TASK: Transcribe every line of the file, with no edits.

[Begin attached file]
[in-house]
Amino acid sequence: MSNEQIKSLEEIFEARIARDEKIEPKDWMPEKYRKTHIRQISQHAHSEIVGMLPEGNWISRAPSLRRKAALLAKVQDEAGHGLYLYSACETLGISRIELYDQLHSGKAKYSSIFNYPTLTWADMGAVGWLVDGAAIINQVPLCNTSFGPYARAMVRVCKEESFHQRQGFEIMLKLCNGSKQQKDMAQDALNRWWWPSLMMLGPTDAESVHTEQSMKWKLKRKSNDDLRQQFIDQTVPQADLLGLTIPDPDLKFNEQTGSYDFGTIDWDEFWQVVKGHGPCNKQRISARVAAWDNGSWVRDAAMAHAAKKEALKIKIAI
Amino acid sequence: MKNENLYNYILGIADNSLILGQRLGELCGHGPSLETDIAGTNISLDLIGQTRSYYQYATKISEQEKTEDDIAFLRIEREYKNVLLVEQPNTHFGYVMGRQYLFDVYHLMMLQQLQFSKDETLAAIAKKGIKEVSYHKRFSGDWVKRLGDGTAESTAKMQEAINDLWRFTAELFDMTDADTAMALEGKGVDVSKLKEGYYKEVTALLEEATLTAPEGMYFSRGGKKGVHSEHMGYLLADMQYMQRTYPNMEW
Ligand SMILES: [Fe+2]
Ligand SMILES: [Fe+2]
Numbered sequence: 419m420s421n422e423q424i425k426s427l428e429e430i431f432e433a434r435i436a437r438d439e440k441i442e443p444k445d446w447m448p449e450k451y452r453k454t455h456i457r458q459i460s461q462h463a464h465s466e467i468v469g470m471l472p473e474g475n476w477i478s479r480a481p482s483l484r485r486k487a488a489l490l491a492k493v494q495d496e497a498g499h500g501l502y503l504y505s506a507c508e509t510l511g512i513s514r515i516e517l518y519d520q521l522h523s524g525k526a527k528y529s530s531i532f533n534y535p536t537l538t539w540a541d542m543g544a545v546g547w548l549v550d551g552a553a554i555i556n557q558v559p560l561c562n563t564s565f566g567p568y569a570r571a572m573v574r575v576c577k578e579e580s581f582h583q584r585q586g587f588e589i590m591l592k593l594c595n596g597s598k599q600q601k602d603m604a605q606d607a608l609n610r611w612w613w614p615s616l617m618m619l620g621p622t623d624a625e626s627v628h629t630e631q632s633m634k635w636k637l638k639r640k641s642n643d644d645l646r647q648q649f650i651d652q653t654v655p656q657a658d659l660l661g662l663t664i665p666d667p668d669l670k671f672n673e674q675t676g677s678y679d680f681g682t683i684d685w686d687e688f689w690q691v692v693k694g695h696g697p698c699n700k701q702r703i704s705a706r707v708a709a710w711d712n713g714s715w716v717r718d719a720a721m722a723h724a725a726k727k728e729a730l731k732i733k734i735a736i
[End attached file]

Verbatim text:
[in-house]
Amino acid sequence: MSNEQIKSLEEIFEARIARDEKIEPKDWMPEKYRKTHIRQISQHAHSEIVGMLPEGNWISRAPSLRRKAALLAKVQDEAGHGLYLYSACETLGISRIELYDQLHSGKAKYSSIFNYPTLTWADMGAVGWLVDGAAIINQVPLCNTSFGPYARAMVRVCKEESFHQRQGFEIMLKLCNGSKQQKDMAQDALNRWWWPSLMMLGPTDAESVHTEQSMKWKLKRKSNDDLRQQFIDQTVPQADLLGLTIPDPDLKFNEQTGSYDFGTIDWDEFWQVVKGHGPCNKQRISARVAAWDNGSWVRDAAMAHAAKKEALKIKIAI
Amino acid sequence: MKNENLYNYILGIADNSLILGQRLGELCGHGPSLETDIAGTNISLDLIGQTRSYYQYATKISEQEKTEDDIAFLRIEREYKNVLLVEQPNTHFGYVMGRQYLFDVYHLMMLQQLQFSKDETLAAIAKKGIKEVSYHKRFSGDWVKRLGDGTAESTAKMQEAINDLWRFTAELFDMTDADTAMALEGKGVDVSKLKEGYYKEVTALLEEATLTAPEGMYFSRGGKKGVHSEHMGYLLADMQYMQRTYPNMEW
Ligand SMILES: [Fe+2]
Ligand SMILES: [Fe+2]
Numbered sequence: 419m420s421n422e423q424i425k426s427l428e429e430i431f432e433a434r435i436a437r438d439e440k441i442e443p444k445d446w447m448p449e450k451y452r453k454t455h456i457r458q459i460s461q462h463a464h465s466e467i468v469g470m471l472p473e474g475n476w477i478s479r480a481p482s483l484r485r486k487a488a489l490l491a492k493v494q495d496e497a498g499h500g501l502y503l504y505s506a507c508e509t510l511g512i513s514r515i516e517l518y519d520q521l522h523s524g525k526a527k528y529s530s531i532f533n534y535p536t537l538t539w540a541d542m543g544a545v546g547w548l549v550d551g552a553a554i555i556n557q558v559p560l561c562n563t564s565f566g567p568y569a570r571a572m573v574r575v576c577k578e579e580s581f582h583q584r585q586g587f588e589i590m591l592k593l594c595n596g597s598k599q600q601k602d603m604a605q606d607a608l609n610r611w612w613w614p615s616l617m618m619l620g621p622t623d624a625e626s627v628h629t630e631q632s633m634k635w636k637l638k639r640k641s642n643d644d645l646r647q648q649f650i651d652q653t654v655p656q657a658d659l660l661g662l663t664i665p666d667p668d669l670k671f672n673e674q675t676g677s678y679d680f681g682t683i684d685w686d687e688f689w690q691v692v693k694g695h696g697p698c699n700k701q702r703i704s705a706r707v708a709a710w711d712n713g714s715w716v717r718d719a720a721m722a723h724a725a726k727k728e729a730l731k732i733k734i735a736i